So obviously Oscar Wilde doesn't update his own website. The company that manages his estate does, however, and it's a good first stop for a basic introduction to the poet's life. We especially like the Fast Facts page, a quick-and-dirty, FBI dossier-like rundown of Wilde's history.
This page has everything Wilde ever wrote collected in one place and laid out in an attractive, easy-to-read format. Many of the works are available in PDF format - great for printing out on-the-go reading, or if you're interested in staging any of Wilde's plays.
The New York University Library put together an exhibit commemorating the 100th anniversary of Wilde's trials. It has now been adapted to the Internet. Some of the language is kind of academic, but it contains many interesting primary documents about Wilde and his work.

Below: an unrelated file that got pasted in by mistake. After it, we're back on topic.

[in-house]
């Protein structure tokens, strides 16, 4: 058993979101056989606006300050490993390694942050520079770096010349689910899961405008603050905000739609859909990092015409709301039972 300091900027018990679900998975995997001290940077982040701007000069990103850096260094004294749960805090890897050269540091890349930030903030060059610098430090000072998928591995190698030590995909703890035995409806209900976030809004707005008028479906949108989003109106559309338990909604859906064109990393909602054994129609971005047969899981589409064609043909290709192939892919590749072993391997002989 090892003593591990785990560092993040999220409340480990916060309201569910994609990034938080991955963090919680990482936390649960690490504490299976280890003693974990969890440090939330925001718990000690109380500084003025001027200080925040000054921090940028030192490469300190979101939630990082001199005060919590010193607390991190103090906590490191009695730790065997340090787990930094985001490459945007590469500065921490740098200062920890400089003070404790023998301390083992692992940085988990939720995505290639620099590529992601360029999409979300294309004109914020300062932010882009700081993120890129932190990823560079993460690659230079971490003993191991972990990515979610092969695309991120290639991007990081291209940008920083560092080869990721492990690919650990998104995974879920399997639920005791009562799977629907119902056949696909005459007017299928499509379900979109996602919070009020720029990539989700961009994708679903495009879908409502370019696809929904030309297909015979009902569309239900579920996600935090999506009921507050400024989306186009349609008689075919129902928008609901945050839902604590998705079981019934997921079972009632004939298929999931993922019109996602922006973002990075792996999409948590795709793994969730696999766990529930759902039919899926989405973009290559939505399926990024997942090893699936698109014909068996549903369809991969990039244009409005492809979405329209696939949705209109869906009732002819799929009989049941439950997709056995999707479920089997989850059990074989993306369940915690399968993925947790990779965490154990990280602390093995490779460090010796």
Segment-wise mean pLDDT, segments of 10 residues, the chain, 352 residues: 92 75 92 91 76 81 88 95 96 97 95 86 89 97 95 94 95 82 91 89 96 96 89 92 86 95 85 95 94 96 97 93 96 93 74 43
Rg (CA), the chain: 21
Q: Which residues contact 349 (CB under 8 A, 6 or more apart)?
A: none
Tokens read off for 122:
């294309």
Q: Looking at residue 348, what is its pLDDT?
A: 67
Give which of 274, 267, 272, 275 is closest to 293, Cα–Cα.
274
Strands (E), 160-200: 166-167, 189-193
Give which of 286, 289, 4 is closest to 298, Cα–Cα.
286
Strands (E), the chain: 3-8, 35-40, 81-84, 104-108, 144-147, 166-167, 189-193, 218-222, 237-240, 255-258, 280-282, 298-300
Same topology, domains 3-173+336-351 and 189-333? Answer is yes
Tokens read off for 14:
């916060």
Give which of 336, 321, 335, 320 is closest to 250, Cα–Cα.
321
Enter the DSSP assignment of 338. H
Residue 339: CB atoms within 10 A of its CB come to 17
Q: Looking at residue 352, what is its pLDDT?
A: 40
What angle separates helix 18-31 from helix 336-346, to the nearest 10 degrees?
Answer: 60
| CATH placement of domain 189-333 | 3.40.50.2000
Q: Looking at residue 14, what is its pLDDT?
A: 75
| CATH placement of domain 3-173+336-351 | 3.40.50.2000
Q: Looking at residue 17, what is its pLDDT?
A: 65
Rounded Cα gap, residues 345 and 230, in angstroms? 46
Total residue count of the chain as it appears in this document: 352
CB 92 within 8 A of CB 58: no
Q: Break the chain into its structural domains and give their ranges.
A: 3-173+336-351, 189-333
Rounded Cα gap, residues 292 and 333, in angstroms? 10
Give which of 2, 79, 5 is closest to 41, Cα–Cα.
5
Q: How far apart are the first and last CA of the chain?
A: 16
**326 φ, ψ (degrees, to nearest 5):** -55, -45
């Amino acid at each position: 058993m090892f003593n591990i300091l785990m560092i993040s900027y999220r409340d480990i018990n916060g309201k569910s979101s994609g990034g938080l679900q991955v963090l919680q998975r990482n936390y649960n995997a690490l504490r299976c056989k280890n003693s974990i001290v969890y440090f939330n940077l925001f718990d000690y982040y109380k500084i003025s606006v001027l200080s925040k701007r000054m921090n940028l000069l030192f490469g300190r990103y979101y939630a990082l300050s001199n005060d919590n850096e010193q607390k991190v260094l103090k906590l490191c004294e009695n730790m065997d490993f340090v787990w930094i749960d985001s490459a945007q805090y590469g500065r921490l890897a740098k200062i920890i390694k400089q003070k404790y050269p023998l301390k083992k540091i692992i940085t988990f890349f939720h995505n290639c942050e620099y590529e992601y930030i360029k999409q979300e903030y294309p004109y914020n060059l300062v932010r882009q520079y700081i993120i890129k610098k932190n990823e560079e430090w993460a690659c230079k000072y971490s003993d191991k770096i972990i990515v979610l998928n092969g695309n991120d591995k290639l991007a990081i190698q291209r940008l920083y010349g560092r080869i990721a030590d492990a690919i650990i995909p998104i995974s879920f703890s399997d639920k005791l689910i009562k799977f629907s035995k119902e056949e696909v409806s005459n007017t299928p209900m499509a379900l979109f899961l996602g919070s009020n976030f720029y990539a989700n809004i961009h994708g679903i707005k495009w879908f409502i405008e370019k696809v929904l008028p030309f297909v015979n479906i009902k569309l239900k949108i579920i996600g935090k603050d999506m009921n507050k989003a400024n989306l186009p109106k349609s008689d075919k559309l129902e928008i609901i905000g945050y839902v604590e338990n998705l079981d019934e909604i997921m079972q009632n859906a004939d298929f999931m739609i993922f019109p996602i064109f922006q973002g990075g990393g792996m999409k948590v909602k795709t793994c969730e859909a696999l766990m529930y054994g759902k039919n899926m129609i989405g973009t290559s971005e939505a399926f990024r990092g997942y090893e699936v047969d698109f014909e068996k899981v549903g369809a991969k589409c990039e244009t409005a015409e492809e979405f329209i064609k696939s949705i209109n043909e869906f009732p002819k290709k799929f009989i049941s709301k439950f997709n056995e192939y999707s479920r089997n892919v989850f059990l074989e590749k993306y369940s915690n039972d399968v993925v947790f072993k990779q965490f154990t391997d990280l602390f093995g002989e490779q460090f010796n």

The legal proceedings that ruined Wilde's career and personal reputation were some of the most dramatic cases of their time. This incredible site from the University of Missouri-Kansas City law school has all the information you need on Wilde's legal troubles, including his writings from prison, transcripts of the trial and an explanation of how homosexuality was treated under the law in Wilde's time.
The Oscar Wilde Society described itself as "a literary society devoted to the congenial appreciation of Oscar Wilde."_CITATION28_ They are a group of Wilde enthusiasts based in the UK, but with membership all over the world. They produce regular publications and host Wilde-themed events.
Wilde was a prolific writer of fairy tales. This site gathers them all together with illustrations by various artists. Rarely is the Internet pretty, but this site certainly is.